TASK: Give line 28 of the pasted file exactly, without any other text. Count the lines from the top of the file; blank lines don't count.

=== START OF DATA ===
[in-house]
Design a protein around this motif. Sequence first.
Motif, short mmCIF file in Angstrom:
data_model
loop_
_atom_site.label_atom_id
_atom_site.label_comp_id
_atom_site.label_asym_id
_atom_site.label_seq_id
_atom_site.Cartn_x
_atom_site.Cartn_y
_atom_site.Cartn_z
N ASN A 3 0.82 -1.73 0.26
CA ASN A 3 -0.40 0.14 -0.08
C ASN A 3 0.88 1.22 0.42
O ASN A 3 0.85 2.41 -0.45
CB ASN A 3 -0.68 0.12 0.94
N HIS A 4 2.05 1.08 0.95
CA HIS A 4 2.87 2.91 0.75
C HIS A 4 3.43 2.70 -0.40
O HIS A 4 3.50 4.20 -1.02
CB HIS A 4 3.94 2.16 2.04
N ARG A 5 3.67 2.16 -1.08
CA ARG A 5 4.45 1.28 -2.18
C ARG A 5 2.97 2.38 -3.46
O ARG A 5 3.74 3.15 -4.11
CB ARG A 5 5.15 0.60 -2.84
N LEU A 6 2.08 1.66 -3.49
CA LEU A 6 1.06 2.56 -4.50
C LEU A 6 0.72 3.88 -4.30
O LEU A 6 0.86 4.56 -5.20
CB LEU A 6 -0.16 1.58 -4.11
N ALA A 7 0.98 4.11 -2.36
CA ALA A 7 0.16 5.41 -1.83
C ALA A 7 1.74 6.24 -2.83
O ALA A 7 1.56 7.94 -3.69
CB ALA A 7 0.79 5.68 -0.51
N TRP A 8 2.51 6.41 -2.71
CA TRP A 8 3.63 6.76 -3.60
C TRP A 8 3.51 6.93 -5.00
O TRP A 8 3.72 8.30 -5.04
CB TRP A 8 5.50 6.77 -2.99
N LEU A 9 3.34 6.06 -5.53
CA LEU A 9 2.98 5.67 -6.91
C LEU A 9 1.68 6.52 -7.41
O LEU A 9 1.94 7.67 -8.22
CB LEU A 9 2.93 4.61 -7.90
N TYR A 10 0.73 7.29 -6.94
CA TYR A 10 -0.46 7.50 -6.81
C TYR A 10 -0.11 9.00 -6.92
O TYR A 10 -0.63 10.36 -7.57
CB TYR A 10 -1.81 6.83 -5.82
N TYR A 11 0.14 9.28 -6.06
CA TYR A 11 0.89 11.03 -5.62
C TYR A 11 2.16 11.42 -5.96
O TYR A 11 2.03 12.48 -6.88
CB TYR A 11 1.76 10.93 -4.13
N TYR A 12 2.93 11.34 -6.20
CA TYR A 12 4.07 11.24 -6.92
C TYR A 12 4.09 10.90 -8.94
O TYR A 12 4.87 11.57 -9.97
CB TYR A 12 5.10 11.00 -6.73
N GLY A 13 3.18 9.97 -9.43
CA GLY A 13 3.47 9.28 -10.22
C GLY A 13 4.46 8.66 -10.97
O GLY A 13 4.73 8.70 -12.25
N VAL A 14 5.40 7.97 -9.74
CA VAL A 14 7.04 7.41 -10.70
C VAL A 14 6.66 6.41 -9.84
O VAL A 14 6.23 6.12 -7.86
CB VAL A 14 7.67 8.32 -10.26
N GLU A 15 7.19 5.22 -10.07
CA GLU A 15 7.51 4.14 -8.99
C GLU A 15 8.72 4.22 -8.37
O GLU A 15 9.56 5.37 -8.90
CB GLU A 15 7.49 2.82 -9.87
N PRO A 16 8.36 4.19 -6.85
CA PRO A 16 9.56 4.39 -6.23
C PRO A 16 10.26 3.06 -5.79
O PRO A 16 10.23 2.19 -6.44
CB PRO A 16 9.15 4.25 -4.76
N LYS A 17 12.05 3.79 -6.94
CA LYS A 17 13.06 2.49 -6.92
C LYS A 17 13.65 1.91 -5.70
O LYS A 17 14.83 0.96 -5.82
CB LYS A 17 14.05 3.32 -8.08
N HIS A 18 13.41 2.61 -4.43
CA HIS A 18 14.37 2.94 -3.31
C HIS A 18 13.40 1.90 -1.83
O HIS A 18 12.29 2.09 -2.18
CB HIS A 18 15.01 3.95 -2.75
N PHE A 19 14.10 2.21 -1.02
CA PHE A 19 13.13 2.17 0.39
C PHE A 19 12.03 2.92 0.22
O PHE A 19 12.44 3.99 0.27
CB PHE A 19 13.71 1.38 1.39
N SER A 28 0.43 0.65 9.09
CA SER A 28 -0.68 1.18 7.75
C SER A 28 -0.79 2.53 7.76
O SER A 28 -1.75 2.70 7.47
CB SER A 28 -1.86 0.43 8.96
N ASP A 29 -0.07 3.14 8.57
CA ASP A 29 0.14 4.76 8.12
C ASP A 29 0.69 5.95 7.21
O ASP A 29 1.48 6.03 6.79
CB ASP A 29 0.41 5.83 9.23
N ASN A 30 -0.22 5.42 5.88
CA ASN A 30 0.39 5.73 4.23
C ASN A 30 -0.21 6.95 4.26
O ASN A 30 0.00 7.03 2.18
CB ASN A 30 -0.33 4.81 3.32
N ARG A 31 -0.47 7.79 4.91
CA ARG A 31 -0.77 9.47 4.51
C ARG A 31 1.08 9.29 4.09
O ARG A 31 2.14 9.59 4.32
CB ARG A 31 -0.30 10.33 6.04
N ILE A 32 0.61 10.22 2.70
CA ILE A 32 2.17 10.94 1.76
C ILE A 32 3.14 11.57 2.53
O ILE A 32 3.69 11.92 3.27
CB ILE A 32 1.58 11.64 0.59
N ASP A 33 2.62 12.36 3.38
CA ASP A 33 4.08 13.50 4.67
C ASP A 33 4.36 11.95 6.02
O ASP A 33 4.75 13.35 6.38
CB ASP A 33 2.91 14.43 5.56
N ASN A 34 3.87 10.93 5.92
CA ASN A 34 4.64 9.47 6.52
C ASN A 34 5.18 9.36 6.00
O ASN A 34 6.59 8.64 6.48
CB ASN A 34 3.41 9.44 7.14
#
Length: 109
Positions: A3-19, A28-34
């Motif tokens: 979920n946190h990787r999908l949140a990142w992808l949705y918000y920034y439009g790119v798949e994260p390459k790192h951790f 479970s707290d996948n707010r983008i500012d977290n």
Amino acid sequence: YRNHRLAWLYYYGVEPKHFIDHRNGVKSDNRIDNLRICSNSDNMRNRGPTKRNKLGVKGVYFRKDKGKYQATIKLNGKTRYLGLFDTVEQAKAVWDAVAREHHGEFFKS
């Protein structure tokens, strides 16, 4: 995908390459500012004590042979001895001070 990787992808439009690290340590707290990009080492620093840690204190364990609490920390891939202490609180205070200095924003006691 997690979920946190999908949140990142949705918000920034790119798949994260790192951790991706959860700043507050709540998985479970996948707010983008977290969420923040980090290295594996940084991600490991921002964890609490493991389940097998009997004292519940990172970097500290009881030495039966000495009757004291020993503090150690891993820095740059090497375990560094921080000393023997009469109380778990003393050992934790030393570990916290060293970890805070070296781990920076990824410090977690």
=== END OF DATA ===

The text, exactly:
N LEU A 6 2.08 1.66 -3.49